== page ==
As food service moves into the Metaverse, it will be part of a journey toward digitization that’s already underway. With the platform model taking over food delivery and takeout, it is also increasingly common for people to research restaurants using Google or TripAdvisor before visiting them. If you visit a restaurant’s website, you can view its menu, see pictures, or even watch videos of its meals or setting. Watching your team play a virtual big game and seeing ads around the stadium for restaurants afterward would be the same as currently doing so at physical stadiums.
After the match has ended, you can take your avatar to the virtual food market to browse different operators’ menus, which are displayed as virtual dishes, and order takeout. Once you are ready to order, a cryptocurrency payment is instantly made, and you are done! It takes around 30 minutes for your meal to arrive at your door.
Let’s say you want to impress someone you are close to by taking them to a high-end restaurant for dinner. A virtual tour could allow you to choose your venue and even your table. Even virtual chefs will talk to you about how to prepare a particular dish and what ingredients to use or a virtual sommelier will guide you through your wine choices based on your meal selections.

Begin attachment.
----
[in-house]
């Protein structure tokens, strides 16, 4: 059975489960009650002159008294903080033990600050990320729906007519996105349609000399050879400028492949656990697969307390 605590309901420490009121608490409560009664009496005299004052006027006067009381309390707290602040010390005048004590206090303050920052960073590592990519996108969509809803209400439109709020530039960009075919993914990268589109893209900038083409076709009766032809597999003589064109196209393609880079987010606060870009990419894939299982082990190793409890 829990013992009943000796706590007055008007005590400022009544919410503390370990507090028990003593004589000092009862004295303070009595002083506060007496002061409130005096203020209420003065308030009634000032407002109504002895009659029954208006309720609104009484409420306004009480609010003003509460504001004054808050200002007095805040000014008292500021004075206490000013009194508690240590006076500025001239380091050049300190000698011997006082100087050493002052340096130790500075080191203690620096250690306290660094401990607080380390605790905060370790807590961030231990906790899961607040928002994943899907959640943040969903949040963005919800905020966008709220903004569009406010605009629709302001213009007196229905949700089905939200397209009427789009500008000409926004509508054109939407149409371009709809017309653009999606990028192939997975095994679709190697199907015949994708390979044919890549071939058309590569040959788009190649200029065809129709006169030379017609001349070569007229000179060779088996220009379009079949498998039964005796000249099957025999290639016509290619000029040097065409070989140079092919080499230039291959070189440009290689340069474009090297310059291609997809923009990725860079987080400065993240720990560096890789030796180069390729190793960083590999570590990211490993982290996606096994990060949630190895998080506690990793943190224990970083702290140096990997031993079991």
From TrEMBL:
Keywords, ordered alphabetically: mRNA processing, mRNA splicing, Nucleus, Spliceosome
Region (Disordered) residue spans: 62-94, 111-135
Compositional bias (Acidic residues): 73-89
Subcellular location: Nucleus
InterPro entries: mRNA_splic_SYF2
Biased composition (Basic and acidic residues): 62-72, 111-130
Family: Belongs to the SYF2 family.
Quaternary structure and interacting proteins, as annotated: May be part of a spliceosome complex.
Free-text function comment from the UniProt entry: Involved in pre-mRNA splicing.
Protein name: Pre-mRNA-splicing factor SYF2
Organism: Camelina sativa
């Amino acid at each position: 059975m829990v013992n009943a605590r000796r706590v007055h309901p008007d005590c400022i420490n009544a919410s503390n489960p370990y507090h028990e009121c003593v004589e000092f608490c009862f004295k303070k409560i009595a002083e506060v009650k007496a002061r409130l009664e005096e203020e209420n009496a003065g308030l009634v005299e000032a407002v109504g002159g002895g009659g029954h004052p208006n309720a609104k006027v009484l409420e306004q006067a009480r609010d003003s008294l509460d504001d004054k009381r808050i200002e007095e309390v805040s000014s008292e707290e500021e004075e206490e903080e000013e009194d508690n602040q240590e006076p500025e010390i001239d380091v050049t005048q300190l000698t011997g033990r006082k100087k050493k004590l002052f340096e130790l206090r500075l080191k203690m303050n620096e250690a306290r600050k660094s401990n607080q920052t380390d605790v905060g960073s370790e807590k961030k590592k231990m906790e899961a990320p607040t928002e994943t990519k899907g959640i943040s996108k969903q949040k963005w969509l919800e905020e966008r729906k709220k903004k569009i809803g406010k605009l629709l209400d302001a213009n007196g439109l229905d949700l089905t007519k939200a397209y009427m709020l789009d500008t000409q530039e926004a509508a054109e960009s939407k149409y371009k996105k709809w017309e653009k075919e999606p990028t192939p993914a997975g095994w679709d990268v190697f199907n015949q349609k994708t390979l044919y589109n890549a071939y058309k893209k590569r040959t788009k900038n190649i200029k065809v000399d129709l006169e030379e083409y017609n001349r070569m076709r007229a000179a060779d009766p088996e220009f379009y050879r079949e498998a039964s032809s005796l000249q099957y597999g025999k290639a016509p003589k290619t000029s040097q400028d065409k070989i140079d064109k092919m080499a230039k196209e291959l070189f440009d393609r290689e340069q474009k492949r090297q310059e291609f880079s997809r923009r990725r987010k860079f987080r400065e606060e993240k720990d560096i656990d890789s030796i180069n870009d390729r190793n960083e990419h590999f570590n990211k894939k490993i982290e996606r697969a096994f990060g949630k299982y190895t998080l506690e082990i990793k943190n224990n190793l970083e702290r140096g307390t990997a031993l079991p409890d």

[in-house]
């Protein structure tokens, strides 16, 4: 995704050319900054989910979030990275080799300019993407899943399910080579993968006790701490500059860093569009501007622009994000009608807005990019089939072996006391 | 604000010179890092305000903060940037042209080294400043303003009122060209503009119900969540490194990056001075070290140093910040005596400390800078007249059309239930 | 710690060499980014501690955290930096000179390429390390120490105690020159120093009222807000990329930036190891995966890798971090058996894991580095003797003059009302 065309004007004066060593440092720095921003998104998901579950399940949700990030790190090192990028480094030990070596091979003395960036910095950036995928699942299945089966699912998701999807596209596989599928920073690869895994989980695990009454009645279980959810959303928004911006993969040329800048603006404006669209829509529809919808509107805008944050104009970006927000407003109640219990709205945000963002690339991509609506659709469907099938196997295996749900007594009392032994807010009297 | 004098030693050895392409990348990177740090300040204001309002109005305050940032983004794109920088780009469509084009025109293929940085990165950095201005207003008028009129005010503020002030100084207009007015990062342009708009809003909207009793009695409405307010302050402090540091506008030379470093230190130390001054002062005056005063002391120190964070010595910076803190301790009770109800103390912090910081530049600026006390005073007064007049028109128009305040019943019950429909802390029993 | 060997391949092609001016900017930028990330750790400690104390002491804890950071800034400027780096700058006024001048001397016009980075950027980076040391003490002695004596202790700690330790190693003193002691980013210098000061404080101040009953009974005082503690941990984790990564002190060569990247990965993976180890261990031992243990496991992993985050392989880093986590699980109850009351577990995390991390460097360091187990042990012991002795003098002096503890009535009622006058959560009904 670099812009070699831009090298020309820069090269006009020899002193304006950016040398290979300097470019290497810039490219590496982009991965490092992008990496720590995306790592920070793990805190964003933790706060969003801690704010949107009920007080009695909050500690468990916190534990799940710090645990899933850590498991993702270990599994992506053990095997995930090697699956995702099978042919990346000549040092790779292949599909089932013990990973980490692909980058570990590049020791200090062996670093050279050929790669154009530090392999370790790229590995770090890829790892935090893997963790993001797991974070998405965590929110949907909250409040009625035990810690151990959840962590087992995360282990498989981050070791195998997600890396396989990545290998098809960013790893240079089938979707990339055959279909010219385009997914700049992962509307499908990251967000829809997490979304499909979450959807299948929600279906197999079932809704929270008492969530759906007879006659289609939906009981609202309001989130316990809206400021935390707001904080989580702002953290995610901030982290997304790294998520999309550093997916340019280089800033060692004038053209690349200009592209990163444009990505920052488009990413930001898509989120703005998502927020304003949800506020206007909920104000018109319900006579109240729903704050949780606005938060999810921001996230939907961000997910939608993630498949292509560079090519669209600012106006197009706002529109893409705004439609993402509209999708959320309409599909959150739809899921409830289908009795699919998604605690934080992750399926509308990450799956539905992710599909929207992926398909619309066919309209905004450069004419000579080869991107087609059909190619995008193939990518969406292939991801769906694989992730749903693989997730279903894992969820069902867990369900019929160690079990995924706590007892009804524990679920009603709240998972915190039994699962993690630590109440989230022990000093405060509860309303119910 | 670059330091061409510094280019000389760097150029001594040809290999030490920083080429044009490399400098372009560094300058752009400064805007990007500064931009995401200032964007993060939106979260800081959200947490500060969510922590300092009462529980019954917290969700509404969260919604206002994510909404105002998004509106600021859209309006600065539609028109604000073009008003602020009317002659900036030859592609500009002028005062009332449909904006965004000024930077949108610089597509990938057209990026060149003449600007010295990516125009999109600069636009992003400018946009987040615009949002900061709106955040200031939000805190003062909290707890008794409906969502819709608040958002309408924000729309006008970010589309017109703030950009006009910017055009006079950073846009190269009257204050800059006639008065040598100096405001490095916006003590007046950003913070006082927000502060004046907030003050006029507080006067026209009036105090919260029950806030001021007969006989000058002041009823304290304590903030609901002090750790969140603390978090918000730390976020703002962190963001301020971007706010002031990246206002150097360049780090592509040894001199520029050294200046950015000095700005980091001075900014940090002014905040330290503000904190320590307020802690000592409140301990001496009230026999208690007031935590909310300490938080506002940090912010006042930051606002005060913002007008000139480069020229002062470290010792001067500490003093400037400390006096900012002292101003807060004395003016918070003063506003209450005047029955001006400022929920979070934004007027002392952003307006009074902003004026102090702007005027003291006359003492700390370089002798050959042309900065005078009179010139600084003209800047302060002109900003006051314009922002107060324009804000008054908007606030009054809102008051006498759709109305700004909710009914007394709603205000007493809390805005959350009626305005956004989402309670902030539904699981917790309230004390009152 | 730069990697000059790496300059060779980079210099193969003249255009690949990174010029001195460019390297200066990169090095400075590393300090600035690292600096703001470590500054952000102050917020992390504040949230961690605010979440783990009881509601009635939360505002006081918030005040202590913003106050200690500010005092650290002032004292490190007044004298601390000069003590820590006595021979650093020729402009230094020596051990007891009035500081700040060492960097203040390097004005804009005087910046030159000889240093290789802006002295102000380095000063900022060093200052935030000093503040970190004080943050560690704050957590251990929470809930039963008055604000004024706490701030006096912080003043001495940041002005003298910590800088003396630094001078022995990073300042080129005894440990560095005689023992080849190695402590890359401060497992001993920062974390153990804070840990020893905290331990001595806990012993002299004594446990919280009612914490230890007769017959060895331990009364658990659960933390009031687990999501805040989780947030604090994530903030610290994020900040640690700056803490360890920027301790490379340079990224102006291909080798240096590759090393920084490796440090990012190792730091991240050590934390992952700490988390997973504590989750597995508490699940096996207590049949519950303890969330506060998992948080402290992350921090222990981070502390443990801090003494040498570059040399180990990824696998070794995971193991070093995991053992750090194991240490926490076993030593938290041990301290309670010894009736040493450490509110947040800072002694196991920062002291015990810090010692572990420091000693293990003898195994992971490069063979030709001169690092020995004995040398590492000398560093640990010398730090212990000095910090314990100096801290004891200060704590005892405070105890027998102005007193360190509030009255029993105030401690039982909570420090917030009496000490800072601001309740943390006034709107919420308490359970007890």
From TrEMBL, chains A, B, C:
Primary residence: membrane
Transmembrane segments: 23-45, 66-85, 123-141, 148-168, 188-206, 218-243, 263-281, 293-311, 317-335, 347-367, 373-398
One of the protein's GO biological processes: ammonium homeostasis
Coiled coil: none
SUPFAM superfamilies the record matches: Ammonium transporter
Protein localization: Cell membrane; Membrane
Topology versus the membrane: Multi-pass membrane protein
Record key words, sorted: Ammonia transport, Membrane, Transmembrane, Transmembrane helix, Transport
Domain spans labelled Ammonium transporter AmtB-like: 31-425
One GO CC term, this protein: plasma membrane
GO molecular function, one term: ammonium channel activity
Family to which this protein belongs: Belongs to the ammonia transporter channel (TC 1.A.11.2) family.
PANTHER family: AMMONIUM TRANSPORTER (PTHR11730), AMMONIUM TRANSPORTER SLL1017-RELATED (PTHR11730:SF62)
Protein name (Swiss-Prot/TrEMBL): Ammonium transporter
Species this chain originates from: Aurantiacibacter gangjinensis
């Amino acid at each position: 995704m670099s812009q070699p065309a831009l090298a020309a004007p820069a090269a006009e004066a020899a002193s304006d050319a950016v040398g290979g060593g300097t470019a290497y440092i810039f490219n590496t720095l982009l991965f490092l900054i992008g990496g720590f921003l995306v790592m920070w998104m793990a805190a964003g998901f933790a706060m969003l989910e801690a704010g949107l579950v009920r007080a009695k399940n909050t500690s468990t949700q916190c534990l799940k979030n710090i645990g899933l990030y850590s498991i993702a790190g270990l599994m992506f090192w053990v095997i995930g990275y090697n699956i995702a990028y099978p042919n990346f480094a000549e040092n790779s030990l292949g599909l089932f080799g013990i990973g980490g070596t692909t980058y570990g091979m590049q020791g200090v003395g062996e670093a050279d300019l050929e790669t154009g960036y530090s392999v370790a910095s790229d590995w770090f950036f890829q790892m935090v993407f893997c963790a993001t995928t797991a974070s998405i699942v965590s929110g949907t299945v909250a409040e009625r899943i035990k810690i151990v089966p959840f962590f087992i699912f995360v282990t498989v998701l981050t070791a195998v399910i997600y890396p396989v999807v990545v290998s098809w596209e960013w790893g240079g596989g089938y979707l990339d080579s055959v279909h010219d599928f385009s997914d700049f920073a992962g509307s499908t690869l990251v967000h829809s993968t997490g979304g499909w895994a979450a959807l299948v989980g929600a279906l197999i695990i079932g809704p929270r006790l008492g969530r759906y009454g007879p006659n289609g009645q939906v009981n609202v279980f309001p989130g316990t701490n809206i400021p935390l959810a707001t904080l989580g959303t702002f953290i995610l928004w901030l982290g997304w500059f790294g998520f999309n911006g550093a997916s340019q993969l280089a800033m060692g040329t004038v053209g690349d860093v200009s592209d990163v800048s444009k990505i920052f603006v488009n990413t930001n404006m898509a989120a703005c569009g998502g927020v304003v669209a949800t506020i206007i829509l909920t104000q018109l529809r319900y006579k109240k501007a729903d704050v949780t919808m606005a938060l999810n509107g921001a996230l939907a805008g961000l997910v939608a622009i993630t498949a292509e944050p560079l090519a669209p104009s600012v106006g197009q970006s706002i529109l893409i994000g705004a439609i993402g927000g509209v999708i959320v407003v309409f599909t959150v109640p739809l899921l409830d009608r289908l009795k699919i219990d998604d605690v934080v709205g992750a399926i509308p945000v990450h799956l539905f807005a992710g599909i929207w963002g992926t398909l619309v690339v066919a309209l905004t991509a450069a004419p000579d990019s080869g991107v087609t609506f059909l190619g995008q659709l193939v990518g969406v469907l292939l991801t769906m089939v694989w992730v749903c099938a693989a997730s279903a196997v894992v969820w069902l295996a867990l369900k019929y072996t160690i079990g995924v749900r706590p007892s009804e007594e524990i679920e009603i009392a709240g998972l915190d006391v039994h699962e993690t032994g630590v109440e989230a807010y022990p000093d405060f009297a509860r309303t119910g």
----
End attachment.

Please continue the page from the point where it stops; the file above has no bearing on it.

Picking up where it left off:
This is a huge array of opportunities. and their are more benefits of the benefits of the Metaverse for the food industry.
From the restaurant side-
the opportunities are vast-these scenarios can only be seen from the customer’s point of view. A restaurant could, for instance, request a booking deposit in crypto using an escrow system based on smart contracts to book a table after a virtual tour. This would help prevent one of the most common problems in the restaurant industry – no-shows. When the person fails to show, the smart contract simply transfers the funds into the escrow account of the restaurant.
Digital transformation in the food service industry hasn’t always produced positive results. Despite these challenges, blockchain and crypto can reestablish consumer-merchant relationships. Aside from that, the Metaverse has the potential to provide unrivaled value to the whole industry. These are all the benefits of the Metaverse for the food industry.